Article

Interventions to prevent child maltreatment and associated impairment.

Departments of Psychiatry and Behavioural Neurosciences and of Pediatrics, and Offord Centre for Child Studies, McMaster University, Hamilton, ON, Canada.
The Lancet (Impact Factor: 39.21). 01/2009; 373(9659):250-66. DOI: 10.1016/S0140-6736(08)61708-0
Source: PubMed

ABSTRACT Although a broad range of programmes for prevention of child maltreatment exist, the effectiveness of most of the programmes is unknown. Two specific home-visiting programmes-the Nurse-Family Partnership (best evidence) and Early Start-have been shown to prevent child maltreatment and associated outcomes such as injuries. One population-level parenting programme has shown benefits, but requires further assessment and replication. Additional in-hospital and clinic strategies show promise in preventing physical abuse and neglect. However, whether school-based educational programmes prevent child sexual abuse is unknown, and there are currently no known approaches to prevent emotional abuse or exposure to intimate-partner violence. A specific parent-training programme has shown benefits in preventing recurrence of physical abuse; no intervention has yet been shown to be effective in preventing recurrence of neglect. A few interventions for neglected children and mother-child therapy for families with intimate-partner violence show promise in improving behavioural outcomes. Cognitive-behavioural therapy for sexually abused children with symptoms of post-traumatic stress shows the best evidence for reduction in mental-health conditions. For maltreated children, foster care placement can lead to benefits compared with young people who remain at home or those who reunify from foster care; enhanced foster care shows benefits for children. Future research should ensure that interventions are assessed in controlled trials, using actual outcomes of maltreatment and associated health measures.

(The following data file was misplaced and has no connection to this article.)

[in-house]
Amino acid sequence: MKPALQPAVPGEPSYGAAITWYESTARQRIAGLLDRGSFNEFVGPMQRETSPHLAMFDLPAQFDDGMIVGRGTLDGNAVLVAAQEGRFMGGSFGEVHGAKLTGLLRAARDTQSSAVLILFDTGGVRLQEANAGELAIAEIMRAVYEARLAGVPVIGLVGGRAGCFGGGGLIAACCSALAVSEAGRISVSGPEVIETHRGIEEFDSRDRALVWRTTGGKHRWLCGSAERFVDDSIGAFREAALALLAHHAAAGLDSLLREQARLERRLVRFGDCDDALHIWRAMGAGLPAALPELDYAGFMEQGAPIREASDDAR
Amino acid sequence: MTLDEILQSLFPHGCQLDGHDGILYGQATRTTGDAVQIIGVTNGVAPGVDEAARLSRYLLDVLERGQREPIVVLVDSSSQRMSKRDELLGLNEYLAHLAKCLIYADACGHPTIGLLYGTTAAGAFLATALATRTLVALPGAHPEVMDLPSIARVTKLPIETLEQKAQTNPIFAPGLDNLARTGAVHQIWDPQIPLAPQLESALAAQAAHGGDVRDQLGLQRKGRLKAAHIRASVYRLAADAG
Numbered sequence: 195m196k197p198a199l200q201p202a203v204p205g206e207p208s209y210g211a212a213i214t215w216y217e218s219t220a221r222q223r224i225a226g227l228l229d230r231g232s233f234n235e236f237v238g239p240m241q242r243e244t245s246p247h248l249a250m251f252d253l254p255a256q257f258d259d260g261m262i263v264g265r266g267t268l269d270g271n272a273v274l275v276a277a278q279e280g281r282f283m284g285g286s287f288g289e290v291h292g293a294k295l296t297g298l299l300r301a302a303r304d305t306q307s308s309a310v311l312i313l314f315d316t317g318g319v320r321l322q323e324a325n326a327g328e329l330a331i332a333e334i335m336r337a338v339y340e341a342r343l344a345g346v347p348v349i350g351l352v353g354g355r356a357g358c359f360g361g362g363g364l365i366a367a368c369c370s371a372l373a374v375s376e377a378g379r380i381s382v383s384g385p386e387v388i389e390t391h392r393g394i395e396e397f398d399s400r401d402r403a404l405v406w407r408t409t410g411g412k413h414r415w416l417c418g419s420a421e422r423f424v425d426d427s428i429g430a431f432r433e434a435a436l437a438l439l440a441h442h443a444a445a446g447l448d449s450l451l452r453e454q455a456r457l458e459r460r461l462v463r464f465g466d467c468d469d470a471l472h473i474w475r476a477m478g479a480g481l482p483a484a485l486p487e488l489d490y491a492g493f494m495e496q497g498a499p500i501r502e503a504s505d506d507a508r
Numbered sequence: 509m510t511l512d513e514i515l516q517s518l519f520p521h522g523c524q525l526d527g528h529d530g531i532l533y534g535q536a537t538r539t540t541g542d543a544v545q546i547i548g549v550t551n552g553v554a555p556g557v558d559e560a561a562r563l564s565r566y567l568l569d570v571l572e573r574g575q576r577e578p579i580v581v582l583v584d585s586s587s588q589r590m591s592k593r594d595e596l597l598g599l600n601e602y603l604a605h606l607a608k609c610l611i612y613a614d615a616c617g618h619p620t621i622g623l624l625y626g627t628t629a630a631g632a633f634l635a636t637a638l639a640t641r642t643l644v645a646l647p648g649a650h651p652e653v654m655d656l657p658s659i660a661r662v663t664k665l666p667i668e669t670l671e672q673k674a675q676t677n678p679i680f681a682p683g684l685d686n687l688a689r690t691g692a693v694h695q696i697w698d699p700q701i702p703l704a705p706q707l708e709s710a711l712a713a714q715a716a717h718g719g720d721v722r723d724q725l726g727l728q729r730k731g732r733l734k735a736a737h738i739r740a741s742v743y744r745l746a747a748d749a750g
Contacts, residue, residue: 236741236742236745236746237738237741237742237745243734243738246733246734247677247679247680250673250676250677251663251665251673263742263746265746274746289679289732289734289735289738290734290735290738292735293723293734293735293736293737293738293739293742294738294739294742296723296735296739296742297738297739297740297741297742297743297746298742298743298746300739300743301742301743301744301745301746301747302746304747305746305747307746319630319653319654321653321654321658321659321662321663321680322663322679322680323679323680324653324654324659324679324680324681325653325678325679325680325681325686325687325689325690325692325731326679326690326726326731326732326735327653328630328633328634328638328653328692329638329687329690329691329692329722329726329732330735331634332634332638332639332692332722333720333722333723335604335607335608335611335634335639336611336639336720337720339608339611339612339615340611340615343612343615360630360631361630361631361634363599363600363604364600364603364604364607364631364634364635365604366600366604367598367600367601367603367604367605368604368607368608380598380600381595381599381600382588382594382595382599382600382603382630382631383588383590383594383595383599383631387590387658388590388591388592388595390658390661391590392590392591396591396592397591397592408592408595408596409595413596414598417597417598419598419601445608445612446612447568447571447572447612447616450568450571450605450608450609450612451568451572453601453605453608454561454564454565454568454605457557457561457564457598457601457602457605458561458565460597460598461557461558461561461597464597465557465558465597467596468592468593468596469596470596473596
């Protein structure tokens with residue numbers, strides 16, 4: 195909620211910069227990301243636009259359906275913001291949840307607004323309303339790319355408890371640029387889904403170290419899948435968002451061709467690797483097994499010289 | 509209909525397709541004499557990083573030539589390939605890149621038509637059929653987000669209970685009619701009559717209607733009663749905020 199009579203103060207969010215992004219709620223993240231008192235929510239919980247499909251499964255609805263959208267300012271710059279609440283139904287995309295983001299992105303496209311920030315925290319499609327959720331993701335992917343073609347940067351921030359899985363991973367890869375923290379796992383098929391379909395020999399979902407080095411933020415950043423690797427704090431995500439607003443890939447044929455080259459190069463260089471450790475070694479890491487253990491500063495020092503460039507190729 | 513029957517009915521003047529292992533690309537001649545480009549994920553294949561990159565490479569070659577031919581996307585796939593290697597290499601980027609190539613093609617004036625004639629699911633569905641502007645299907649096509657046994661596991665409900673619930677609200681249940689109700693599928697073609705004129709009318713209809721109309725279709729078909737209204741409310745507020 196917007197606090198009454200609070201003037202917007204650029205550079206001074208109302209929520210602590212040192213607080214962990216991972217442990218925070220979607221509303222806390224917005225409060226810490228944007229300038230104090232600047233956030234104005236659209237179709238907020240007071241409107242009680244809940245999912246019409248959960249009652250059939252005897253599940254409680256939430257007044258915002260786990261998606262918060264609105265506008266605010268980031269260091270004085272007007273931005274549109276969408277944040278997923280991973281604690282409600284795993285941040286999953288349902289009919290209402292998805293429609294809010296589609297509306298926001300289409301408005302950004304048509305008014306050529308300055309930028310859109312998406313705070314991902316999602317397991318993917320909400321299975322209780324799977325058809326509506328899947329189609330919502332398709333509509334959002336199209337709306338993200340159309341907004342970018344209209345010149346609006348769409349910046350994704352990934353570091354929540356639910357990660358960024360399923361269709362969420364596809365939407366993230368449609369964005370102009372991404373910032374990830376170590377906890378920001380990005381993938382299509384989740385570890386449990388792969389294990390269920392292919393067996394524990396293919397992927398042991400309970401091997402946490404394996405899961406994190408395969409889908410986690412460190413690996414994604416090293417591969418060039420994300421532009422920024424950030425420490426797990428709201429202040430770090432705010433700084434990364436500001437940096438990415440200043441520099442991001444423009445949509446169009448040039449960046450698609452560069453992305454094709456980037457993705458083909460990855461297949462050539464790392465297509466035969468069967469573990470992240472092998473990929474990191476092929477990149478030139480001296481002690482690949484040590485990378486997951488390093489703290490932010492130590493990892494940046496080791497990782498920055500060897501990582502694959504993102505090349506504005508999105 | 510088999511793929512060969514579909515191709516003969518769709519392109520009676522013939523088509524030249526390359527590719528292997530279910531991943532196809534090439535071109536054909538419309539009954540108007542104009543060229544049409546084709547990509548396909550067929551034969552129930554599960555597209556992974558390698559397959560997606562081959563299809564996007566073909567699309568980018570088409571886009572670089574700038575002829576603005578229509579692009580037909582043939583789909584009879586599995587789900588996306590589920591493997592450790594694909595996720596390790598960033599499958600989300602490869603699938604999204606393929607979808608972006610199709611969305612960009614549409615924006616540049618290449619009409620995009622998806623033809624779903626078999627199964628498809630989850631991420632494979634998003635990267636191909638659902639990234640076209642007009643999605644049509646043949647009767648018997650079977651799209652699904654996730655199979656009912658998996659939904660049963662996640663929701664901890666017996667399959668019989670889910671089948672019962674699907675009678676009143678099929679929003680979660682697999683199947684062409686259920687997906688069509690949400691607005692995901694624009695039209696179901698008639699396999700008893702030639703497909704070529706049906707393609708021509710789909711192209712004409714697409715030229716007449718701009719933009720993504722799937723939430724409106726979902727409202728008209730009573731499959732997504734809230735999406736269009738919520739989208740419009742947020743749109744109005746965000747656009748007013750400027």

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Available from: Jane Barlow, May 29, 2015
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